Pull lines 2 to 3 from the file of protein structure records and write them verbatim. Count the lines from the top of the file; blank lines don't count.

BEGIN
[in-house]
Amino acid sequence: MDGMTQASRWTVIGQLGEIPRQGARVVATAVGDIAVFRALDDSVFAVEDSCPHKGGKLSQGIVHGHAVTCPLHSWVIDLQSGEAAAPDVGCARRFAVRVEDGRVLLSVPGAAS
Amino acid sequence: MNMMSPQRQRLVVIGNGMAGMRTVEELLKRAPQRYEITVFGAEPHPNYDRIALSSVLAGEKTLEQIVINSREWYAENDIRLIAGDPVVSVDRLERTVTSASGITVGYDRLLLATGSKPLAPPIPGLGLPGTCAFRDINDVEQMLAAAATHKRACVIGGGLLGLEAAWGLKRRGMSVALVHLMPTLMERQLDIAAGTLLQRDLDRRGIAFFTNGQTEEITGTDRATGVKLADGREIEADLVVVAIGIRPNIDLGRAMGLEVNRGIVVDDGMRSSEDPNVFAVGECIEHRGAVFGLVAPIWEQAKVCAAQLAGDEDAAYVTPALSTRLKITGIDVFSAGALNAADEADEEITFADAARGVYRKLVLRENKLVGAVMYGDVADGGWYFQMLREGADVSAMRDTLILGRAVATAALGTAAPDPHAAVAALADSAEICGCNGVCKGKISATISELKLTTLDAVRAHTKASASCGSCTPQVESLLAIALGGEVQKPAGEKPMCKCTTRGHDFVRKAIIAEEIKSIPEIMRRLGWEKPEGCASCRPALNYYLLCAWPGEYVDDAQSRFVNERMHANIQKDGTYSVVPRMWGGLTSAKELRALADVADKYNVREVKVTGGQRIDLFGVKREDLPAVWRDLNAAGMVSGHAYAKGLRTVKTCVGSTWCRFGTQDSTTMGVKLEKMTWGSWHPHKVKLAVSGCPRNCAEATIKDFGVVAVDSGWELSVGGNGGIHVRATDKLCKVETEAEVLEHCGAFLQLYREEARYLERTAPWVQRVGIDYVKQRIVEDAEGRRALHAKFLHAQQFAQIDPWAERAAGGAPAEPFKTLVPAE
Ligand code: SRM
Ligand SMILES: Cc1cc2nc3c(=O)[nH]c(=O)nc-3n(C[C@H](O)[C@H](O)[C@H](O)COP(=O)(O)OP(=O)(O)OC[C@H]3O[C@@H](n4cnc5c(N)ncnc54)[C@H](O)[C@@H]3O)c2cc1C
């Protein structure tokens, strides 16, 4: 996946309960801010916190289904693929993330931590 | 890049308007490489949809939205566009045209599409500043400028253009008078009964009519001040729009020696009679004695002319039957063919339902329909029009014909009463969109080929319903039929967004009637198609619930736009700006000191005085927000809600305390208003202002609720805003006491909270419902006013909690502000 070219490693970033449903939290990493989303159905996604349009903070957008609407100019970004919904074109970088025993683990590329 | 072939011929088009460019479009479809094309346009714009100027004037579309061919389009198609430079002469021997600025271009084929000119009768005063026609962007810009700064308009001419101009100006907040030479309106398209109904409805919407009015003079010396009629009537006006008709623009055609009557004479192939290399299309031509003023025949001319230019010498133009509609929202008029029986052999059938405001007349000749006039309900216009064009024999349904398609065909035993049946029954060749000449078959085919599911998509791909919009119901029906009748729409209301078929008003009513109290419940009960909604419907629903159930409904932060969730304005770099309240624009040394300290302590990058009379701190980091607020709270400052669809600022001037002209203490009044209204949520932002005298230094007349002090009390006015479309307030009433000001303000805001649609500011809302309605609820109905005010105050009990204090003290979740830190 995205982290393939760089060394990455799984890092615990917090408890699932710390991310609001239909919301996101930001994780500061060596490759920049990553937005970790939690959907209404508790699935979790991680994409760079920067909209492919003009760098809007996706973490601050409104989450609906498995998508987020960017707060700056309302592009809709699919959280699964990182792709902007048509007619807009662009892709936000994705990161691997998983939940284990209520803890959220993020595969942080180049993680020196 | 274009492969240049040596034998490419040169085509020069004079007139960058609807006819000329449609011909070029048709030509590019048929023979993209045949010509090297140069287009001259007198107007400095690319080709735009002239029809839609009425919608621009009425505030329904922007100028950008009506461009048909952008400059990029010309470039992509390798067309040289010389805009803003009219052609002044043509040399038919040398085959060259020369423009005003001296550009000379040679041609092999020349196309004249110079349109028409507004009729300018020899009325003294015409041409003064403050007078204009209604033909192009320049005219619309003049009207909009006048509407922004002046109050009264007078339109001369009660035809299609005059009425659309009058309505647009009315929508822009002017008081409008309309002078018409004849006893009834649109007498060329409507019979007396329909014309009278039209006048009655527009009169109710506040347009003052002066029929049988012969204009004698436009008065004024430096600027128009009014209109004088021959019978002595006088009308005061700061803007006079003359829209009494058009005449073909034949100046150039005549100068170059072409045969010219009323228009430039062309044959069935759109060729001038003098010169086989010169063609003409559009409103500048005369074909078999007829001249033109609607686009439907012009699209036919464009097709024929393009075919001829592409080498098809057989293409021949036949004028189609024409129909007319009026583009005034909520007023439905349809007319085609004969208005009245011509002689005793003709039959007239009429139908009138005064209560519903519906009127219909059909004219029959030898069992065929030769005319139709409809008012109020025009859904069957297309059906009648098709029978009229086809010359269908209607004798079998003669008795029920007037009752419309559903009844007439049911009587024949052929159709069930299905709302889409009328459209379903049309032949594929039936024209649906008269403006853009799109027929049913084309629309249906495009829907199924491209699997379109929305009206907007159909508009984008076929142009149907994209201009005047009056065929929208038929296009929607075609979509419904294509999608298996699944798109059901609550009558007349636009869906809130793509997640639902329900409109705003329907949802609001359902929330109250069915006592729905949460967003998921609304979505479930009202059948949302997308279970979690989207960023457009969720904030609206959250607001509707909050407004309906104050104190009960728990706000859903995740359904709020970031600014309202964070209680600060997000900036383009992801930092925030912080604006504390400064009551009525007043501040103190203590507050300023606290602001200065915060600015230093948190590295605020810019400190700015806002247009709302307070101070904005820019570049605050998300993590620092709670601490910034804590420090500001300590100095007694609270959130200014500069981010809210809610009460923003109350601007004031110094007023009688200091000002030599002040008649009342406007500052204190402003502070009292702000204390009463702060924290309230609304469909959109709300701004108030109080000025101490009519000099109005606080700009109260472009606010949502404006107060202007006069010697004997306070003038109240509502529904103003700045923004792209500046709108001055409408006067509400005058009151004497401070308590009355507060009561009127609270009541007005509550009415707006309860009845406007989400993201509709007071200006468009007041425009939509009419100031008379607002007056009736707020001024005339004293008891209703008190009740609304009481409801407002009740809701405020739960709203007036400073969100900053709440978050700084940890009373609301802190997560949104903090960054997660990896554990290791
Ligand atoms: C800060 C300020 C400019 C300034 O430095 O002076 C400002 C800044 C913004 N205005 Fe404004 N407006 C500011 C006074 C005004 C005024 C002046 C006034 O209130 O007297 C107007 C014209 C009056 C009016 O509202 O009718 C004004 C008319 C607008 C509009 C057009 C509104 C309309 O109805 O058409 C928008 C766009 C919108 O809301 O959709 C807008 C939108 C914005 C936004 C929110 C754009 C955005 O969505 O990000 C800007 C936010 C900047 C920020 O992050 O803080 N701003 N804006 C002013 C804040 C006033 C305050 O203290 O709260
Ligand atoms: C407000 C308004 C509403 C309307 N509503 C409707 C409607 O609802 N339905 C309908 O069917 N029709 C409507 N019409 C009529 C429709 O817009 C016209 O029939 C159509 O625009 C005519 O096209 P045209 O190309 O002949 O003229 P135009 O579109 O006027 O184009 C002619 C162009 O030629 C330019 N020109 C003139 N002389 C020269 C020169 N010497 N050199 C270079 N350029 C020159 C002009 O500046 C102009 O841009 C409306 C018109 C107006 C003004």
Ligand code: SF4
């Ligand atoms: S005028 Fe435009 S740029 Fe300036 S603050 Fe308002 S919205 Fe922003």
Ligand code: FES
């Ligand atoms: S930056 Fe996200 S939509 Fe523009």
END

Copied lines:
Amino acid sequence: MDGMTQASRWTVIGQLGEIPRQGARVVATAVGDIAVFRALDDSVFAVEDSCPHKGGKLSQGIVHGHAVTCPLHSWVIDLQSGEAAAPDVGCARRFAVRVEDGRVLLSVPGAAS
Amino acid sequence: MNMMSPQRQRLVVIGNGMAGMRTVEELLKRAPQRYEITVFGAEPHPNYDRIALSSVLAGEKTLEQIVINSREWYAENDIRLIAGDPVVSVDRLERTVTSASGITVGYDRLLLATGSKPLAPPIPGLGLPGTCAFRDINDVEQMLAAAATHKRACVIGGGLLGLEAAWGLKRRGMSVALVHLMPTLMERQLDIAAGTLLQRDLDRRGIAFFTNGQTEEITGTDRATGVKLADGREIEADLVVVAIGIRPNIDLGRAMGLEVNRGIVVDDGMRSSEDPNVFAVGECIEHRGAVFGLVAPIWEQAKVCAAQLAGDEDAAYVTPALSTRLKITGIDVFSAGALNAADEADEEITFADAARGVYRKLVLRENKLVGAVMYGDVADGGWYFQMLREGADVSAMRDTLILGRAVATAALGTAAPDPHAAVAALADSAEICGCNGVCKGKISATISELKLTTLDAVRAHTKASASCGSCTPQVESLLAIALGGEVQKPAGEKPMCKCTTRGHDFVRKAIIAEEIKSIPEIMRRLGWEKPEGCASCRPALNYYLLCAWPGEYVDDAQSRFVNERMHANIQKDGTYSVVPRMWGGLTSAKELRALADVADKYNVREVKVTGGQRIDLFGVKREDLPAVWRDLNAAGMVSGHAYAKGLRTVKTCVGSTWCRFGTQDSTTMGVKLEKMTWGSWHPHKVKLAVSGCPRNCAEATIKDFGVVAVDSGWELSVGGNGGIHVRATDKLCKVETEAEVLEHCGAFLQLYREEARYLERTAPWVQRVGIDYVKQRIVEDAEGRRALHAKFLHAQQFAQIDPWAERAAGGAPAEPFKTLVPAE